He’s bitten the postman, chased cars and jumped at the locals - Fearsome Phil the pheasant terrorises community
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Beware fearsome Phil the unpleasant pheasant.
He may look elegant as he struts the streets. But a stalking pheasant dubbed Phil is making feathers fly in a quiet estate in Costessey.
He has been lingering around the estate since the end of December and attacks to date include drawing blood from a postman's face, chasing cars along with pecking and jumping at residents.
Sonya Bolton, 28, who has lived on the estate for five months, said: 'It seems to be the postman that he really doesn't like, he's also followed my husband across the estate, he has stalker-ish tendencies.'
The bird fluffs up the residents' feathers throughout the day before retreating back to the woodland in the evening.
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Mrs Bolton said: 'At first I thought he might have been a little bit of a man hater but I know other female residents have had a problem with him to.
'It's got to the point where he could really start causing damage, he sometimes pecks at the front doors and at people's vehicles.
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'He pinned the postman up against our front door while he was trying to deliver a letter, I just heard this bang and wondered what was going on.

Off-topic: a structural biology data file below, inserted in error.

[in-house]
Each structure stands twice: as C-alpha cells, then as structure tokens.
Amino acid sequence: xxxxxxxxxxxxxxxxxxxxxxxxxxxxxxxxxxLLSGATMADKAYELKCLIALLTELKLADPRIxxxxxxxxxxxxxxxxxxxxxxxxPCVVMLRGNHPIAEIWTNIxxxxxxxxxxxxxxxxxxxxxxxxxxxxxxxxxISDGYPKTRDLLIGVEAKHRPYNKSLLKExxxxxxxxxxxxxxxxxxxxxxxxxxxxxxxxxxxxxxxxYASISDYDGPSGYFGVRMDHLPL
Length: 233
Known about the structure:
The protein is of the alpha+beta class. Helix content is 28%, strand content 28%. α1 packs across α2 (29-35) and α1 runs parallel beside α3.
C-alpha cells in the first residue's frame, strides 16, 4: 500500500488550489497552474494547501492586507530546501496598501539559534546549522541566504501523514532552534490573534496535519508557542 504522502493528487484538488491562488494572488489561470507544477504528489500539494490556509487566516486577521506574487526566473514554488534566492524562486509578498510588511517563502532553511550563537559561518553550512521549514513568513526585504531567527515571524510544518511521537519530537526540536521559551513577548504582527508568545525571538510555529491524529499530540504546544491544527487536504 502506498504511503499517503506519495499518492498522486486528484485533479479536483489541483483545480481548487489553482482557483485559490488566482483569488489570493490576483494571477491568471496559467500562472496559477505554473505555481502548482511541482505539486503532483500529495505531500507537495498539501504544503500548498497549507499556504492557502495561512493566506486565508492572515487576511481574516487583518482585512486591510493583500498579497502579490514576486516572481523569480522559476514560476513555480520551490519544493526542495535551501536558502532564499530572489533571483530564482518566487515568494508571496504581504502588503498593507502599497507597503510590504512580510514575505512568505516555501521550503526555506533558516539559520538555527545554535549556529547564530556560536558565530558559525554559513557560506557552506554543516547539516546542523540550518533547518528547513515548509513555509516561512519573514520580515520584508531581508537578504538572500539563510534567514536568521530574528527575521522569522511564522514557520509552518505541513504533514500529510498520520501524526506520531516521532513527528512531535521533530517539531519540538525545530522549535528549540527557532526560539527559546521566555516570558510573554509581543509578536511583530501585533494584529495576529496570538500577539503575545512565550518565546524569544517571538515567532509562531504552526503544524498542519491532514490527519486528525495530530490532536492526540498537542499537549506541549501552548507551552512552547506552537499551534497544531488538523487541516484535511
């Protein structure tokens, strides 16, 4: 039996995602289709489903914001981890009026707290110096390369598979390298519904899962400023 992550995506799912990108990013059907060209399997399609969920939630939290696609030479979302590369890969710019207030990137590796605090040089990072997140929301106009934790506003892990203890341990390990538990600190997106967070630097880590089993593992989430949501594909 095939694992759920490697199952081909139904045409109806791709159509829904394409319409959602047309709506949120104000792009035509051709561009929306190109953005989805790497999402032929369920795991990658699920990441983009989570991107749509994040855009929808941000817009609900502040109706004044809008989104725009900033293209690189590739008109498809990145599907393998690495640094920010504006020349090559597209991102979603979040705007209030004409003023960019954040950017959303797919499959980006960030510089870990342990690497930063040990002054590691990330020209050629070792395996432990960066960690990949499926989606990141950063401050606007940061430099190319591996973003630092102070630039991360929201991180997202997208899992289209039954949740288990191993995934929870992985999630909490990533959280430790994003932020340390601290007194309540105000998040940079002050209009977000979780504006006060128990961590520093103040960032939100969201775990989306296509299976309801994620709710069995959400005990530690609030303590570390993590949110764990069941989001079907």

The postman, Daniel Gegaj has only been able to deter the bird by spraying vinegar at it, he said: 'I first started to notice him chasing the van a couple of months ago, I thought he amazing so I crouched down to take a better look at him, he flew and clawed my face.
'It's now got to the point where I'm very wary of him, I don't want to bring any harm to him.'
The RSPCA and RSPB can only intervene if an animal is in danger or injured, meaning residents may have to deal with Phil until he gets bored and moves on.
A spokesperson from the RSPCA said: 'Pheasants, like many wild animals are a territorial species and will defend their territory - particularly during the mating season.
'Unfortunately for now there may not be much the poor postman can do - other than try to stay out of the pheasant's way.'